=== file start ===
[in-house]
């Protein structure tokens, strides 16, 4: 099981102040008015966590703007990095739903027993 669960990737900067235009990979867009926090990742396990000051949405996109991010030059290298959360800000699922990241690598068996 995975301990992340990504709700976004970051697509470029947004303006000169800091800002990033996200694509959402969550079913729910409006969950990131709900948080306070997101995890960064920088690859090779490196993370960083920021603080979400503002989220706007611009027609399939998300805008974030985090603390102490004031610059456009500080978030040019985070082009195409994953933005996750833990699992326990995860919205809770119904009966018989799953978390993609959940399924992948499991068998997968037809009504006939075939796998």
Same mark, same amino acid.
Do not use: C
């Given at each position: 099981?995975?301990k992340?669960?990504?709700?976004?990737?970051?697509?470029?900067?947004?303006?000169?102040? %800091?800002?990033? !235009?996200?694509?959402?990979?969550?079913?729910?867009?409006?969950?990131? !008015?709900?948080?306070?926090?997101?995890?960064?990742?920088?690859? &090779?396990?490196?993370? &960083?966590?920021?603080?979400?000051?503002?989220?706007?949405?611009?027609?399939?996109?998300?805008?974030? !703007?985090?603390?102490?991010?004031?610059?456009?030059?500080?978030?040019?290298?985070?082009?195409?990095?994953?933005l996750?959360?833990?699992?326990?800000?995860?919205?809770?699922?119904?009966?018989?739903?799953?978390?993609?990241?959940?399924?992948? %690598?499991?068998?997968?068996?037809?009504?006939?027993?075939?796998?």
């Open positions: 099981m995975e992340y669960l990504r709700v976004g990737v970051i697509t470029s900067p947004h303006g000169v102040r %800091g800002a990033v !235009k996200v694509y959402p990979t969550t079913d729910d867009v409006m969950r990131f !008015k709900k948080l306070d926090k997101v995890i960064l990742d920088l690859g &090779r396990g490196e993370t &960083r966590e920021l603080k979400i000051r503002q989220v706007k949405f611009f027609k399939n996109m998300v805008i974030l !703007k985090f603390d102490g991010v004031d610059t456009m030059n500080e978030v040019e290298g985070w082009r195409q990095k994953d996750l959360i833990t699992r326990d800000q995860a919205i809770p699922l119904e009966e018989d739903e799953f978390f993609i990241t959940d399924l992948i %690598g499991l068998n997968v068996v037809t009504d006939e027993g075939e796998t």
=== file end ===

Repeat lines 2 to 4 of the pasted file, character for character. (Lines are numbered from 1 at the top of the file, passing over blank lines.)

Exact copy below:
């Protein structure tokens, strides 16, 4: 099981102040008015966590703007990095739903027993 669960990737900067235009990979867009926090990742396990000051949405996109991010030059290298959360800000699922990241690598068996 995975301990992340990504709700976004970051697509470029947004303006000169800091800002990033996200694509959402969550079913729910409006969950990131709900948080306070997101995890960064920088690859090779490196993370960083920021603080979400503002989220706007611009027609399939998300805008974030985090603390102490004031610059456009500080978030040019985070082009195409994953933005996750833990699992326990995860919205809770119904009966018989799953978390993609959940399924992948499991068998997968037809009504006939075939796998």
Same mark, same amino acid.
Do not use: C